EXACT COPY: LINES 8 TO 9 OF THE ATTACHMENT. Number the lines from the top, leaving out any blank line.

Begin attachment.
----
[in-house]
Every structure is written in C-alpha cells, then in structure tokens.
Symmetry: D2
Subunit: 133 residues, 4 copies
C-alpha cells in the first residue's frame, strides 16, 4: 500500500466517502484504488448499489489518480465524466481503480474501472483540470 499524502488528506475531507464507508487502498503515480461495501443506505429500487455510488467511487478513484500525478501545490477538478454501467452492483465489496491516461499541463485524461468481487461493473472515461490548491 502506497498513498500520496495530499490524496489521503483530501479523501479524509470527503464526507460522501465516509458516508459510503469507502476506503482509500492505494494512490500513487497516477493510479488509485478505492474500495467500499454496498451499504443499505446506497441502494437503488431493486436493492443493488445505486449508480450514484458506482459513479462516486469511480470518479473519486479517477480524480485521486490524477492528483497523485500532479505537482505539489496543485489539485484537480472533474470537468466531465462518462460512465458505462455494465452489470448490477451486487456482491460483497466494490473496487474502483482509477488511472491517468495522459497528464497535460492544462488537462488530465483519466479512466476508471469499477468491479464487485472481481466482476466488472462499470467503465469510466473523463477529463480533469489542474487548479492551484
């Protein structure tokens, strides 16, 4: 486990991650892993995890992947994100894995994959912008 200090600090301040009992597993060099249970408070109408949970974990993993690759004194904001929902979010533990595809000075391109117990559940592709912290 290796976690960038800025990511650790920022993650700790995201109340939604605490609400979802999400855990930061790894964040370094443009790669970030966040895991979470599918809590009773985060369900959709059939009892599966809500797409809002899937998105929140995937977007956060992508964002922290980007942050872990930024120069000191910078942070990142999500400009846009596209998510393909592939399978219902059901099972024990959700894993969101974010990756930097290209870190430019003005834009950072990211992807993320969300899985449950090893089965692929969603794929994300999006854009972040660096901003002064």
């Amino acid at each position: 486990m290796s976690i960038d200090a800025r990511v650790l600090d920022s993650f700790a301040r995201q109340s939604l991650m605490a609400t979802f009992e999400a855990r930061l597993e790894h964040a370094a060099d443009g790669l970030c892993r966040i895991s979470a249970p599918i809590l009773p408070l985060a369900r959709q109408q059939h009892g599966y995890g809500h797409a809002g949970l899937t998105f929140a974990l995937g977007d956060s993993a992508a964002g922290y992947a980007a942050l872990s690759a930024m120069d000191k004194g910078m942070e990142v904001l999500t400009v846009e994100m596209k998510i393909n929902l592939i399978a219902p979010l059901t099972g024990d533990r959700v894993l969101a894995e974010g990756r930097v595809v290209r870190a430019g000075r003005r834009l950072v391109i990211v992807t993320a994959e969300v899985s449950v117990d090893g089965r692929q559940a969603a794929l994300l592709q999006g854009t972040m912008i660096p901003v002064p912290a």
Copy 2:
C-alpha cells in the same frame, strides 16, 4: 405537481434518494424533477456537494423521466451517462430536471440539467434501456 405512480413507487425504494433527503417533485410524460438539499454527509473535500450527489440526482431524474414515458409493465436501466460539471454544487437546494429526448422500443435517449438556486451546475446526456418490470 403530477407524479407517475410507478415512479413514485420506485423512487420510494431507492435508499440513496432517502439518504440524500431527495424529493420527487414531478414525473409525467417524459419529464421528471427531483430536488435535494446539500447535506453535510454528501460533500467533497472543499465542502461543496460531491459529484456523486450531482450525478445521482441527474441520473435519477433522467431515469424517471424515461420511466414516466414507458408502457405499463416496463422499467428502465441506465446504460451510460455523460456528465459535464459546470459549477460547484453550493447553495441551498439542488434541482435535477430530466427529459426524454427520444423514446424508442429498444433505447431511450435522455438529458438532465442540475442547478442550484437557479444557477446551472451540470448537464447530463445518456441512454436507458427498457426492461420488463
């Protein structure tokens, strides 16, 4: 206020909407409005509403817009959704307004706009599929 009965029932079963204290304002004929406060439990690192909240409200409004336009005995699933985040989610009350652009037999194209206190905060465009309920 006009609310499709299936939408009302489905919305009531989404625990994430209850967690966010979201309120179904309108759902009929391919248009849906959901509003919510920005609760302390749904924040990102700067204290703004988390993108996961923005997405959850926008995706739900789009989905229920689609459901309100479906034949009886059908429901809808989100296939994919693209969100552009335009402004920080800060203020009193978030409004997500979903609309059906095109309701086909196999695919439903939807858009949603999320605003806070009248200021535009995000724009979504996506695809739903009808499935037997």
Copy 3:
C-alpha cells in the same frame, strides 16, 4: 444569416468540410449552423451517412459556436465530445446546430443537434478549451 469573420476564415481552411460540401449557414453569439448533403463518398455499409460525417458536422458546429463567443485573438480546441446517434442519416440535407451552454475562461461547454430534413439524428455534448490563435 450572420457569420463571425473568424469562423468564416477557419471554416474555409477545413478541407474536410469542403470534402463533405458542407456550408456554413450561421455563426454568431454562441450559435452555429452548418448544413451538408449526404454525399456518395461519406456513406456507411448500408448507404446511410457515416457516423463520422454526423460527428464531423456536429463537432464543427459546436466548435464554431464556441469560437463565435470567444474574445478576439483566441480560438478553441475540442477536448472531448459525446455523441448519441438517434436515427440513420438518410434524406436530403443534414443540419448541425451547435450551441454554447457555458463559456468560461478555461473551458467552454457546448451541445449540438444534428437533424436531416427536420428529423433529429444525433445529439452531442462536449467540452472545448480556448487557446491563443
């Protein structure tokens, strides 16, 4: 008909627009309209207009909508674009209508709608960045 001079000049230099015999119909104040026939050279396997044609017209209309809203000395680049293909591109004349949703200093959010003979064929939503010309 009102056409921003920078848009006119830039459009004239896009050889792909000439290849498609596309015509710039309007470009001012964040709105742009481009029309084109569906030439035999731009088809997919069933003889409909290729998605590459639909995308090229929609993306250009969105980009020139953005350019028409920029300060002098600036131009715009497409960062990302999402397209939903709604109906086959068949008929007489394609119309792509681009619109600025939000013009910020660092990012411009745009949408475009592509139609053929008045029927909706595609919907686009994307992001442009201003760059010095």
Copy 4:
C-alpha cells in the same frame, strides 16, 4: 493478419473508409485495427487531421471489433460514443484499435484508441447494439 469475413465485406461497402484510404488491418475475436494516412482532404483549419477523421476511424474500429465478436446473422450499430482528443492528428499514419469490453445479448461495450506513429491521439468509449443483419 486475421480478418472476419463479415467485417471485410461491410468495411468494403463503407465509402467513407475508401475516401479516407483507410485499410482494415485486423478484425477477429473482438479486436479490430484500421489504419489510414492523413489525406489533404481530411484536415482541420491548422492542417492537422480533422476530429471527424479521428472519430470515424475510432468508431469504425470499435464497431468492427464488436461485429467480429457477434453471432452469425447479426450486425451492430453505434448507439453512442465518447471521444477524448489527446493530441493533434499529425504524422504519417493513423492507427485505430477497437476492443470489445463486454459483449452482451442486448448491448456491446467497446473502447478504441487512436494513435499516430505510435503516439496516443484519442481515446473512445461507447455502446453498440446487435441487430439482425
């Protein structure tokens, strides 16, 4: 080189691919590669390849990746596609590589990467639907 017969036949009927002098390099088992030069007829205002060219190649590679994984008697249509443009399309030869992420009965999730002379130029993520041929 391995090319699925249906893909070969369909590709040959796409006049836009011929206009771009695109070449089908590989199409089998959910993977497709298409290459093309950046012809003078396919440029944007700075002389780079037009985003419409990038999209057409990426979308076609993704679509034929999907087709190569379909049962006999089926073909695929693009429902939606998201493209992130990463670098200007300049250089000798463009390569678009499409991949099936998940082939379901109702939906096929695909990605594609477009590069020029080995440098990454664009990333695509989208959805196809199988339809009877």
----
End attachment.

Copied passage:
Copy 2:
C-alpha cells in the same frame, strides 16, 4: 405537481434518494424533477456537494423521466451517462430536471440539467434501456 405512480413507487425504494433527503417533485410524460438539499454527509473535500450527489440526482431524474414515458409493465436501466460539471454544487437546494429526448422500443435517449438556486451546475446526456418490470 403530477407524479407517475410507478415512479413514485420506485423512487420510494431507492435508499440513496432517502439518504440524500431527495424529493420527487414531478414525473409525467417524459419529464421528471427531483430536488435535494446539500447535506453535510454528501460533500467533497472543499465542502461543496460531491459529484456523486450531482450525478445521482441527474441520473435519477433522467431515469424517471424515461420511466414516466414507458408502457405499463416496463422499467428502465441506465446504460451510460455523460456528465459535464459546470459549477460547484453550493447553495441551498439542488434541482435535477430530466427529459426524454427520444423514446424508442429498444433505447431511450435522455438529458438532465442540475442547478442550484437557479444557477446551472451540470448537464447530463445518456441512454436507458427498457426492461420488463